(1) y + 3 = 0

(2) 3y + 1 = 0

(3) 3y – 1 = 0

(4) y – 3 = 0

[JEE-Main (On line)-2013]

Sol. (3)

Put $x^{2}=8 y$ in $\frac{x^{2}}{3}+y^{2}=1$

$\quad=(y+3)(3 y-1)=0$

$\mathrm{y}+3=0$

$3 \mathrm{y}-1=0$

Q. Let the equations of two ellipses be $\mathrm{E}_{1}: \frac{\mathrm{x}^{2}}{3}+\frac{\mathrm{y}^{2}}{2}=1$ and $\mathrm{E}_{2}: \frac{\mathrm{x}^{2}}{16}+\frac{\mathrm{y}^{2}}{\mathrm{b}^{2}}=1 .$ If the product of their eccentricities is $\frac{1}{2},$ then the length of the minor axis of ellipse $\mathrm{E}_{2}$ is :-

(1) 9          (2) 8             (3) 2              (4) 4

[JEE-Main (On line)-2013]

Sol. (4)

$\mathrm{e}_{1} \mathrm{e}_{2}=\frac{1}{2}$

$\Rightarrow \quad \sqrt{1-\frac{2}{3}} \sqrt{1-\frac{\mathrm{b}^{2}}{16}}=\frac{1}{2} \quad$ if $16>\mathrm{b}^{2}$

$=\left(16-\mathrm{b}^{2}\right)=12$

$=\mathrm{b}^{2}=4 \quad \Rightarrow \mathrm{b}=2$

length of minor axis = 4

Q. If the curves $\frac{x^{2}}{\alpha}+\frac{y^{2}}{4}=1$ and $y^{3}=16 x$ intersect at right angles, then a value of $\alpha$ is :

(1) $\frac{4}{3}$

(2) $\frac{3}{4}$

(3) $\frac{1}{2}$

(4) 2

[JEE-Main (On line)-2013]

Sol. (1)

$\frac{\mathrm{x}^{2}}{\alpha}+\frac{\mathrm{y}^{2}}{4}=1 \& \mathrm{y}^{3}=16 \mathrm{x}$

d.w.r. to x.

$\frac{2 \mathrm{x}}{\alpha}+\frac{\mathrm{y}}{2} \mathrm{y}^{\prime}=0 \quad \& \quad 3 \mathrm{y}^{2} \mathrm{y}^{\prime}=16$

$\mathrm{y}^{\prime}=-\frac{4 \mathrm{x}}{\alpha \mathrm{y}} \& \mathrm{y}^{\prime}=\frac{16}{3 \mathrm{y}^{2}}$

Both are orthogonal $\Rightarrow-\frac{4 \mathrm{x}}{\alpha \mathrm{y}} \cdot \frac{16}{3 \mathrm{y}^{2}}=-1$

$\alpha=\frac{4}{3} \quad$ as $\left(16 \mathrm{x}=\mathrm{y}^{3}\right)$

Q. A point on the ellipse, $4 \mathrm{x}^{2}+9 \mathrm{y}^{2}=36,$ where the normal is parallel to the line, $4 \mathrm{x}-2 \mathrm{y}-5$ $=0,$ is : $-$

(1) $\left(\frac{8}{5},-\frac{9}{5}\right)$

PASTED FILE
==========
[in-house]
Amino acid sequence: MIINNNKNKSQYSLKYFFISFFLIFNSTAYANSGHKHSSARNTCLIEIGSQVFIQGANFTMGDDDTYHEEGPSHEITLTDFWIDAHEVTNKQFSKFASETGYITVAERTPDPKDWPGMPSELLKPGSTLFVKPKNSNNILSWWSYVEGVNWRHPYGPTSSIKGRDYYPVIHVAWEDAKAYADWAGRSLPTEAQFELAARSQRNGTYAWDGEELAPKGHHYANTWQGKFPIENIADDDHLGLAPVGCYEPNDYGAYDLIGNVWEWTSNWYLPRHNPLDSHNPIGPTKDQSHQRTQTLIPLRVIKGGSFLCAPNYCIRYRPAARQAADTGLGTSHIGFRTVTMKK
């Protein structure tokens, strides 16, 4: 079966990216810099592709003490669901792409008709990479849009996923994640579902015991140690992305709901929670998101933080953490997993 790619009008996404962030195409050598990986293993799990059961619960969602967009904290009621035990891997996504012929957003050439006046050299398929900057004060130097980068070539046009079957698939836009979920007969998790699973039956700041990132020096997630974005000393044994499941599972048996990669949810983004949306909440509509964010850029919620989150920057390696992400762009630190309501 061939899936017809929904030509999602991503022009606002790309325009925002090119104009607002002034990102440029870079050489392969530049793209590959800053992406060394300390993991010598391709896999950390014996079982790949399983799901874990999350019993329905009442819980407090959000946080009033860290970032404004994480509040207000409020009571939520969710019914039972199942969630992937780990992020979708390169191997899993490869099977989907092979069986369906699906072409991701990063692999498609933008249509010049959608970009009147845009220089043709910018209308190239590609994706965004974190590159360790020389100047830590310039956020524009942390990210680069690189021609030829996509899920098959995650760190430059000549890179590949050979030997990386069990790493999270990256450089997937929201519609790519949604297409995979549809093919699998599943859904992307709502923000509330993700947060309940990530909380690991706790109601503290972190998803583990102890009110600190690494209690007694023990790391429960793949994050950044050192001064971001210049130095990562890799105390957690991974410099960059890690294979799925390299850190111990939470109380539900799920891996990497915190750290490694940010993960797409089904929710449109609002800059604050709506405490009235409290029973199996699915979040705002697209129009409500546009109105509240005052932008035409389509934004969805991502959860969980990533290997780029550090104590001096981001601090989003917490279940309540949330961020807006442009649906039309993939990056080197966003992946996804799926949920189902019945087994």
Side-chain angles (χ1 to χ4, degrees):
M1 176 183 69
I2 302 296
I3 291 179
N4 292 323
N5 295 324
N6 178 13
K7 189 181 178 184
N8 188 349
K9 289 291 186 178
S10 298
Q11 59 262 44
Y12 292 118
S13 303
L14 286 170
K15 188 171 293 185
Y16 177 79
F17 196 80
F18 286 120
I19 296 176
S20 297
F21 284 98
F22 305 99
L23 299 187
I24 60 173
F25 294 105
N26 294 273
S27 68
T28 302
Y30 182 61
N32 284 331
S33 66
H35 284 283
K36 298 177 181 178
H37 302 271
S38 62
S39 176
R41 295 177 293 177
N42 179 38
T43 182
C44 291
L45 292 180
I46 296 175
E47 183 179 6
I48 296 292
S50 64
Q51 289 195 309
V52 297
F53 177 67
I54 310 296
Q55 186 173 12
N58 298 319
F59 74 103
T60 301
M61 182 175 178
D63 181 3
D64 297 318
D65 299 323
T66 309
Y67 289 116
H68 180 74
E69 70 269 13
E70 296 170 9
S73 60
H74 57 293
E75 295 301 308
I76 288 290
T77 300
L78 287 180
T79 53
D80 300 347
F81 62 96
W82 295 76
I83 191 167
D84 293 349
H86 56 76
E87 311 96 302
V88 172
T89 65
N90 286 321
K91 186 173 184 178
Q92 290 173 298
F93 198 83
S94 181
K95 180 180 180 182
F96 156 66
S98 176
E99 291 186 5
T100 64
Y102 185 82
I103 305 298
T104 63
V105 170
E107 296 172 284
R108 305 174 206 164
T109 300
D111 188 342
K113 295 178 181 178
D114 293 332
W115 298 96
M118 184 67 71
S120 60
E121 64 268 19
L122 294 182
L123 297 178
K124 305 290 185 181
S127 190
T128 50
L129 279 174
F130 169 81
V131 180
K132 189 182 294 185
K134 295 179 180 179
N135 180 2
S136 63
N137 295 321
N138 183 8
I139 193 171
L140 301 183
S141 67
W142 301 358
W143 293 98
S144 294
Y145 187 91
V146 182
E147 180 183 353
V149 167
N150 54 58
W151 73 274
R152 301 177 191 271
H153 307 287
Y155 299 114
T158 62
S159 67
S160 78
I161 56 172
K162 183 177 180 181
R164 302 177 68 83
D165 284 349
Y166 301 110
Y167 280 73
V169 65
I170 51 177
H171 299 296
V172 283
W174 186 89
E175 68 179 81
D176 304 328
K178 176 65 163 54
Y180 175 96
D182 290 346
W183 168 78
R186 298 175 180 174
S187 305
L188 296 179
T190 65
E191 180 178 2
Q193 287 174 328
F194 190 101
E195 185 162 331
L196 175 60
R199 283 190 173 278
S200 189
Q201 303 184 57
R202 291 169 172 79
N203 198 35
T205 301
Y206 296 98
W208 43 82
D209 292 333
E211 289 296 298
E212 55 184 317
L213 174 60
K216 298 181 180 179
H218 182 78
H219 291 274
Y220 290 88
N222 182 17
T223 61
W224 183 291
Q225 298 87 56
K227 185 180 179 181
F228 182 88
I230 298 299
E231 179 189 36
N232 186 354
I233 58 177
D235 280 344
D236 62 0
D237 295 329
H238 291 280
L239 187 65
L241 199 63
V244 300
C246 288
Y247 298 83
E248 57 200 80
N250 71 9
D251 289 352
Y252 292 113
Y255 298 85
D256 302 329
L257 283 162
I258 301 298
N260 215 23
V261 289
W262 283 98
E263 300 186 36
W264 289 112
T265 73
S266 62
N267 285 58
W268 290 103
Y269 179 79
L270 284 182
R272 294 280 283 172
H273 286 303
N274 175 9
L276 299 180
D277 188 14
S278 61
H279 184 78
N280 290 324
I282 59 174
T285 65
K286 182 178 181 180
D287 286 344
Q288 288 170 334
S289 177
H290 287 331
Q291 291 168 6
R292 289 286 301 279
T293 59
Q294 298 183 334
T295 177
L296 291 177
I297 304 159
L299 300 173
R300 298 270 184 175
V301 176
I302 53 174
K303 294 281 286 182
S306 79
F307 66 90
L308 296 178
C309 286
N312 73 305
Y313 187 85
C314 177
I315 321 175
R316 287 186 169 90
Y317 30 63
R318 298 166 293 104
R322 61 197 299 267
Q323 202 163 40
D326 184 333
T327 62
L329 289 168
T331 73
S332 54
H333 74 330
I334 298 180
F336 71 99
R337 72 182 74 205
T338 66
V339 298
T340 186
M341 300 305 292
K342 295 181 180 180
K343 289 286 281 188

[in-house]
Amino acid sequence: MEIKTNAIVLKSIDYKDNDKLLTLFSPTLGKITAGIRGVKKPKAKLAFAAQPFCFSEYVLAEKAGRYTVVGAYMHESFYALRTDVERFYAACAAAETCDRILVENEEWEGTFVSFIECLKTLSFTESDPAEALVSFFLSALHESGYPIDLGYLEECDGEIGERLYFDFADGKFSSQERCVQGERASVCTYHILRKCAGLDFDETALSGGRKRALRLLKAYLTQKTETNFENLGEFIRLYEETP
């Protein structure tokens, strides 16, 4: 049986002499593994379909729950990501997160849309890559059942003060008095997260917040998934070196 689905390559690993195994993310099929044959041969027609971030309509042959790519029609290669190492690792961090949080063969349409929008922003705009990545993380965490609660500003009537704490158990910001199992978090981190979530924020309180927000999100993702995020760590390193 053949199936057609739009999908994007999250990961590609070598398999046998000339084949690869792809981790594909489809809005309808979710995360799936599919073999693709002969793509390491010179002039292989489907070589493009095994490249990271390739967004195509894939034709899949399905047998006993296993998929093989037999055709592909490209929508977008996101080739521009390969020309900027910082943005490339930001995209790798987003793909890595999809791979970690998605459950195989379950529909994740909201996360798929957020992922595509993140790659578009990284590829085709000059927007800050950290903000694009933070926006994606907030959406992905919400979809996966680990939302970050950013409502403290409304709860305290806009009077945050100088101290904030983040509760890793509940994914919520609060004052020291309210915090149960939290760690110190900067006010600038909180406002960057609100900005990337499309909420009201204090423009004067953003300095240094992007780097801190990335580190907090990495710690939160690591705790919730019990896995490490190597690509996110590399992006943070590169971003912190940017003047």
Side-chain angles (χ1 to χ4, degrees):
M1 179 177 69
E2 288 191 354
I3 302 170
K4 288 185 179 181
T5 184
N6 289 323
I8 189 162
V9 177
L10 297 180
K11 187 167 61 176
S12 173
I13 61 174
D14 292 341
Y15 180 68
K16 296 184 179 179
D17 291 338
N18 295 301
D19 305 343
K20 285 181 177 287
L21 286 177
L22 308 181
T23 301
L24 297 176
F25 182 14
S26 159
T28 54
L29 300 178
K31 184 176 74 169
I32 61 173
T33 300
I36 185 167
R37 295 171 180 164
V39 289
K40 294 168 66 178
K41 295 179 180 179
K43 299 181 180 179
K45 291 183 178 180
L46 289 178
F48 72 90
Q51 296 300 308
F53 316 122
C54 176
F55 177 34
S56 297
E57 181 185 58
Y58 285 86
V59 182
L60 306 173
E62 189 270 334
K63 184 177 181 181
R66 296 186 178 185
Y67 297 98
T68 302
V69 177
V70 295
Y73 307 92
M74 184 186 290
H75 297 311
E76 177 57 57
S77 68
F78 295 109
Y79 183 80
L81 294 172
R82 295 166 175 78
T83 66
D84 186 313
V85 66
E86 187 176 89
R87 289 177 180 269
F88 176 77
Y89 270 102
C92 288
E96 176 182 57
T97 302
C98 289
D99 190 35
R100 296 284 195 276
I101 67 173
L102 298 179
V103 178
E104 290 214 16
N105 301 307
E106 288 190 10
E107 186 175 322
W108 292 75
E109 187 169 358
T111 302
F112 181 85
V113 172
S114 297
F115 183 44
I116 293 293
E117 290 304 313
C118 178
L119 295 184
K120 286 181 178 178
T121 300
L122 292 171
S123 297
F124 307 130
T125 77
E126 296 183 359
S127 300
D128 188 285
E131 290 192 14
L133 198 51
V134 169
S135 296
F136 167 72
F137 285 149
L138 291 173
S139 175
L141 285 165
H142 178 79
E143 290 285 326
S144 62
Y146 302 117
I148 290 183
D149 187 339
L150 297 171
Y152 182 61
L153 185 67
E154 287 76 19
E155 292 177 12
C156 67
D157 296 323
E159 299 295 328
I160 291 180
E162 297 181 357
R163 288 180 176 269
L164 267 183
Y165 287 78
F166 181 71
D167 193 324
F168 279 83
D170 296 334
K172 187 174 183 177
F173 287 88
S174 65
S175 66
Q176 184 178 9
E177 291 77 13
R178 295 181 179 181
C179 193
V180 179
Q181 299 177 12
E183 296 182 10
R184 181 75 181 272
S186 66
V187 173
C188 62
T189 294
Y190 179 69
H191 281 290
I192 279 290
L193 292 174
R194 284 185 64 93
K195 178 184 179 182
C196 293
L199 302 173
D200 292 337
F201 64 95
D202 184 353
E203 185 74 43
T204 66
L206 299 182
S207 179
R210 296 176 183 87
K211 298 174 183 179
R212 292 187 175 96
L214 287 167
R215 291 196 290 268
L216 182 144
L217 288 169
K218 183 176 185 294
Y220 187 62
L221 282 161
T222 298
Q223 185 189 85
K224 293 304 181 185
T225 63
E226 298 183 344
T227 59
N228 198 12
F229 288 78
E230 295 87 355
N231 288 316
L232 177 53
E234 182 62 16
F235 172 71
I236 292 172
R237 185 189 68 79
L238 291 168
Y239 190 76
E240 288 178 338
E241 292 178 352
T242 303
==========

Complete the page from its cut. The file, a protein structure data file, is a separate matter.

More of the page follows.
(2) $\left(-\frac{9}{5}, \frac{8}{5}\right)$

( 3)$\left(\frac{8}{5}, \frac{9}{5}\right)$

( 4)$\left(\frac{9}{5}, \frac{8}{5}\right)$

[JEE-Main (On line)-2013]

Sol. (4)

$\frac{\mathrm{x}^{2}}{9}+\frac{\mathrm{y}^{2}}{4}=1$

Any point $(3 \cos \theta, 2 \mathrm{sin} \theta)$

Slope of normal $=2$

Slope of tangent $=-\frac{1}{2}=-\frac{2 \cos \theta}{3 \sin \theta}$

$\tan \theta=\frac{4}{3}$

$\sin \theta=\frac{4}{5} \quad \cos \theta=\frac{3}{5}$

Point $\left(\frac{9}{5}, \frac{8}{5}\right)$

Q. The locus of the foot of perpendicular drawn from the centre of the ellipse $x^{2}+3 y^{2}=6$ on any tangent to it is :-

(1) $\left(x^{2}-y^{2}\right)^{2}=6 x^{2}+2 y^{2}$

(2) $\left(x^{2}-y^{2}\right)^{2}=6 x^{2}-2 y^{2}$

(3) $\left(x^{2}+y^{2}\right)^{2}=6 x^{2}+2 y^{2}$

(4) $\left(x^{2}+y^{2}\right)^{2}=6 x^{2}-2 y^{2}$

[JEE(Main)-2014]

Sol. (3)

Let the foot of perpendicular be (h, k)

then $\mathrm{m}_{\mathrm{op}}=\frac{\mathrm{k}}{\mathrm{h}}$

equation of tangent is $\mathrm{y}=\mathrm{mx} \pm \sqrt{\mathrm{a}^{2} \mathrm{m}^{2}+\mathrm{b}^{2}}$

$\mathrm{y}=\mathrm{mx} \pm \sqrt{6 \mathrm{m}^{2}+2}$

satisfied by $(\mathrm{h}, \mathrm{k})$ and $\mathrm{m}=-\frac{1}{\mathrm{m}_{\mathrm{op}}}=-\frac{\mathrm{h}}{\mathrm{k}}$

$\left(\mathrm{k}+\frac{\mathrm{h}^{2}}{\mathrm{k}}\right)^{2}=\frac{6 \mathrm{h}^{2}}{\mathrm{k}^{2}}+2$

multiply by $\mathrm{k}^{2}$

$\left(\mathrm{k}^{2}+\mathrm{h}^{2}\right)^{2}=6 \mathrm{h}^{2}+2 \mathrm{k}^{2}$

$\Rightarrow\left(\mathrm{x}^{2}+\mathrm{y}^{2}\right)^{2}=6 \mathrm{x}^{2}+2 \mathrm{y}^{2}$

Q. The area (in sq. units) of the quadrilateral formed by the tangents at the end points of the

latera recta to the ellipse $\frac{x^{2}}{9}+\frac{y^{2}}{5}=1$ is :

(1) $\frac{27}{2}$

(2) 27

(3) $\frac{27}{4}$

(4) 18

[JEE(Main)-2015]

Sol. (2)

Q. The eccentricity of an ellipse centre is at the origin is $\frac{1}{2} .$ If one of its directices is $\mathrm{x}=-4,$ then the equation of the normal to it at $\left(1, \frac{3}{2}\right)$ is : –

(1) x + 2y = 4

(2) 2y – x = 2

(3) 4x – 2y = 1

(4) 4x + 2y = 7

[JEE(Main)-2017]

Sol. (3)

Eccentricity of ellipse $=\frac{1}{2}$

Administrator

Comments
• July 6, 2020 at 12:46 pm

Good questions and quality of questions has been increasing from year to year

• June 23, 2020 at 5:46 pm

yup good…

• June 3, 2020 at 8:10 am

What did Jayasree say it is correct.

• May 22, 2020 at 11:42 am

Chill bro

• May 16, 2020 at 3:09 pm

Plz give all the previous years questions related to some chapter

• April 10, 2020 at 2:00 pm

It would be very better if there are questions from remaining years also